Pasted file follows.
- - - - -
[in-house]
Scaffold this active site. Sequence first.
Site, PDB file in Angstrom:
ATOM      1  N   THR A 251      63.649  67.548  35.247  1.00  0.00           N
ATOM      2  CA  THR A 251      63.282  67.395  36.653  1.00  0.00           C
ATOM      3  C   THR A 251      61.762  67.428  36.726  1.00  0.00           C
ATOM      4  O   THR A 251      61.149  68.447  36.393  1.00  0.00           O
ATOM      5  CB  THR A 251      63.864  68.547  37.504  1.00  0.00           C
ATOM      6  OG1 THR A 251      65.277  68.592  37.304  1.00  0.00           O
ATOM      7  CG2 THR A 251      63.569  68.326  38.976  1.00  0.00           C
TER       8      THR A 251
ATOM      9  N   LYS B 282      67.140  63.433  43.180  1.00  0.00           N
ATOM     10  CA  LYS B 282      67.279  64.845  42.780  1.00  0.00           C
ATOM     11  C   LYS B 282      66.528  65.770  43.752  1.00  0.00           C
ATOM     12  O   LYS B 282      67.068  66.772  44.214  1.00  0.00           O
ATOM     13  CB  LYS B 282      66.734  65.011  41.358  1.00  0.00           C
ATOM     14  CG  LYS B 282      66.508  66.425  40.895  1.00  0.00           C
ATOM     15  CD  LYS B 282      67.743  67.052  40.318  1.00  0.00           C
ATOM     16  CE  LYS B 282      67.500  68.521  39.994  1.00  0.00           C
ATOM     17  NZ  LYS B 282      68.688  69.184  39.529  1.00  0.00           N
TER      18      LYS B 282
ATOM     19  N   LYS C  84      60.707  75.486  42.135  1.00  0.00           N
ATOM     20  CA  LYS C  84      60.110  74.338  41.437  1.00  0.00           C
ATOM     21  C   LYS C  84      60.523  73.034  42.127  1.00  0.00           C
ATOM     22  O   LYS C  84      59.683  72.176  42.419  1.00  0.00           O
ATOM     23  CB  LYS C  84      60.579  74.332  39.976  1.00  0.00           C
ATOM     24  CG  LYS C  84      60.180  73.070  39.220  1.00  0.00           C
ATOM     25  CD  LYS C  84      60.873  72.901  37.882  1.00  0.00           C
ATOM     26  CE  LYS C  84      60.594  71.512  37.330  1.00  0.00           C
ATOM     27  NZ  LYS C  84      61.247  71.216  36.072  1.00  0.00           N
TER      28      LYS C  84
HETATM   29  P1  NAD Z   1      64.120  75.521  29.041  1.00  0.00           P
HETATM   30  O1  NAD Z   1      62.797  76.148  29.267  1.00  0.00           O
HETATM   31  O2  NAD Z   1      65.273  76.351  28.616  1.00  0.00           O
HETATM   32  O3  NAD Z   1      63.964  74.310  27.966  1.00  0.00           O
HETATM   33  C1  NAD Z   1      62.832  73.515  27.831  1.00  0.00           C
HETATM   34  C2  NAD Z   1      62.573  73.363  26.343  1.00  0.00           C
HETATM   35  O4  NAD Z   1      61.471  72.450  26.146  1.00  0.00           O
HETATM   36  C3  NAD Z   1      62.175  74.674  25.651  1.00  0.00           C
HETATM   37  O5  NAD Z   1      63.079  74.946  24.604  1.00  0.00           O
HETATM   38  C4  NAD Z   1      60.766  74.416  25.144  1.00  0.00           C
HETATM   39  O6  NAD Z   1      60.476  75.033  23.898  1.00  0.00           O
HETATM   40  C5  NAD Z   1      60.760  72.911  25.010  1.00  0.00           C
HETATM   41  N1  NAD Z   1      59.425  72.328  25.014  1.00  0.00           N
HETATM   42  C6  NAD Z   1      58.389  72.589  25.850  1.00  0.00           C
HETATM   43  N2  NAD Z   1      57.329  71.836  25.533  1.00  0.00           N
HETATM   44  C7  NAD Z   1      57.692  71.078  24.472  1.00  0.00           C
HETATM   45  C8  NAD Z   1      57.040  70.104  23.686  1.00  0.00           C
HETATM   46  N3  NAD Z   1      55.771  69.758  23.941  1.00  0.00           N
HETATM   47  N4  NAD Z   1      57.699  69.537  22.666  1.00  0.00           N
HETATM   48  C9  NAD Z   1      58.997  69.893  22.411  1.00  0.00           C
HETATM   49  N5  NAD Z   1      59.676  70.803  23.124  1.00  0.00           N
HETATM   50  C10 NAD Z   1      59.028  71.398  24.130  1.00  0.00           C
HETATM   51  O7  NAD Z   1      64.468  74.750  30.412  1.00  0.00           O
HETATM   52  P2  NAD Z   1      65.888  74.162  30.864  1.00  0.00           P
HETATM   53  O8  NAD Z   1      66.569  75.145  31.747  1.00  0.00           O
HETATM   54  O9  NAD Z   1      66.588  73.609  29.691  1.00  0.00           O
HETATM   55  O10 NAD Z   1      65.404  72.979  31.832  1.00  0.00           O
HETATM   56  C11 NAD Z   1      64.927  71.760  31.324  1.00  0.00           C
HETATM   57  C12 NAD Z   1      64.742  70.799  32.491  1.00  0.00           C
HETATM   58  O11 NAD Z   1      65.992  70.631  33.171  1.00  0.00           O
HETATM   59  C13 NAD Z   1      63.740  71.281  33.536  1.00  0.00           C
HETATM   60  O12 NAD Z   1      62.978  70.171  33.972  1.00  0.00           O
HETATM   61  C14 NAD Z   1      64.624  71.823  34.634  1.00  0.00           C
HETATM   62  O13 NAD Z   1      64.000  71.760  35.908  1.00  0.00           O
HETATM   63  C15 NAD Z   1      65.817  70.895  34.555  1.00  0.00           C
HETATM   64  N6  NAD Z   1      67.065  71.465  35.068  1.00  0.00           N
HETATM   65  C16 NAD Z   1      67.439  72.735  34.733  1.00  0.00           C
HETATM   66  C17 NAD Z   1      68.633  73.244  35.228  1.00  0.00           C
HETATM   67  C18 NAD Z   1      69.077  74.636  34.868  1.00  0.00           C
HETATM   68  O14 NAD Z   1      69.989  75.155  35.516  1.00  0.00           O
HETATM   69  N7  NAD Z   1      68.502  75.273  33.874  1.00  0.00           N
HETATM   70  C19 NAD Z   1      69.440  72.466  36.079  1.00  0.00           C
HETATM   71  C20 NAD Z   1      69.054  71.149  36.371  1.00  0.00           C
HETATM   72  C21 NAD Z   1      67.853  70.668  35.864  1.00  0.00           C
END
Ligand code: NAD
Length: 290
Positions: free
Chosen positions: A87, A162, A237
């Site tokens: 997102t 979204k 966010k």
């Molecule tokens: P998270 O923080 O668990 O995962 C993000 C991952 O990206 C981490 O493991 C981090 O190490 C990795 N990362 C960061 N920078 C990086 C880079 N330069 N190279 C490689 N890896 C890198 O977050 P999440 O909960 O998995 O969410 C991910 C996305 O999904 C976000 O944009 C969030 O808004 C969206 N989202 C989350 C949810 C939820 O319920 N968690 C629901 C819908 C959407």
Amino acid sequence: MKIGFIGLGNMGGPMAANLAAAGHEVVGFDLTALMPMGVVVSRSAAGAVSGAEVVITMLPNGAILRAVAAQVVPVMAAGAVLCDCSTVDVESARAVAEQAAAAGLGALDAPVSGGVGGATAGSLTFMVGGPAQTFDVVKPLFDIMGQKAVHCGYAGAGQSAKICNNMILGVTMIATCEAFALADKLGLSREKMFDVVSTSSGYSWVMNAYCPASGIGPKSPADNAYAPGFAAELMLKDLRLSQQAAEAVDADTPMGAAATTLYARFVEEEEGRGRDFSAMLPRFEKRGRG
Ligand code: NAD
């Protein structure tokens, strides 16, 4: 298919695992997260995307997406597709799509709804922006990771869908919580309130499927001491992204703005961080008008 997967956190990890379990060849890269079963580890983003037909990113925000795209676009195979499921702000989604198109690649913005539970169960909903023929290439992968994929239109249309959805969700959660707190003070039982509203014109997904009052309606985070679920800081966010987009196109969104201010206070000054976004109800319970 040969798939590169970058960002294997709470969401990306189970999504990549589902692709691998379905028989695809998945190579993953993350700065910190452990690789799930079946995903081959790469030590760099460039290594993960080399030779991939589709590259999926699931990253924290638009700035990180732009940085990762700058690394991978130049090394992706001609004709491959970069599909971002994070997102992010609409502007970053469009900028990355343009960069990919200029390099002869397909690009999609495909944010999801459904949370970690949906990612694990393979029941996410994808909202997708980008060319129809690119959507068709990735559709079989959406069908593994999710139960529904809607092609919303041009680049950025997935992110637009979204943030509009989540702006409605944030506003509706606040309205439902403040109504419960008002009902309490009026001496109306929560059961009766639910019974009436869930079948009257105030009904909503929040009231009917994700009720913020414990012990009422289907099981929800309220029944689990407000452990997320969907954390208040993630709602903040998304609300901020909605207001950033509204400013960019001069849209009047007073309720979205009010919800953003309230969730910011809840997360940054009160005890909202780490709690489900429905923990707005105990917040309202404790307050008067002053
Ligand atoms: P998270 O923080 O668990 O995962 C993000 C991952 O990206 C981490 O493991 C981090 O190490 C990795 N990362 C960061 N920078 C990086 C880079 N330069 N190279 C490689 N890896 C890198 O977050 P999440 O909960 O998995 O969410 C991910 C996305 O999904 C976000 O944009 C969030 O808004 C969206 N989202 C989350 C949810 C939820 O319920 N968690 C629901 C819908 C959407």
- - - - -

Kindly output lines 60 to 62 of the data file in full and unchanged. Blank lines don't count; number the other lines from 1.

HETATM   57  C12 NAD Z   1      64.742  70.799  32.491  1.00  0.00           C
HETATM   58  O11 NAD Z   1      65.992  70.631  33.171  1.00  0.00           O
HETATM   59  C13 NAD Z   1      63.740  71.281  33.536  1.00  0.00           C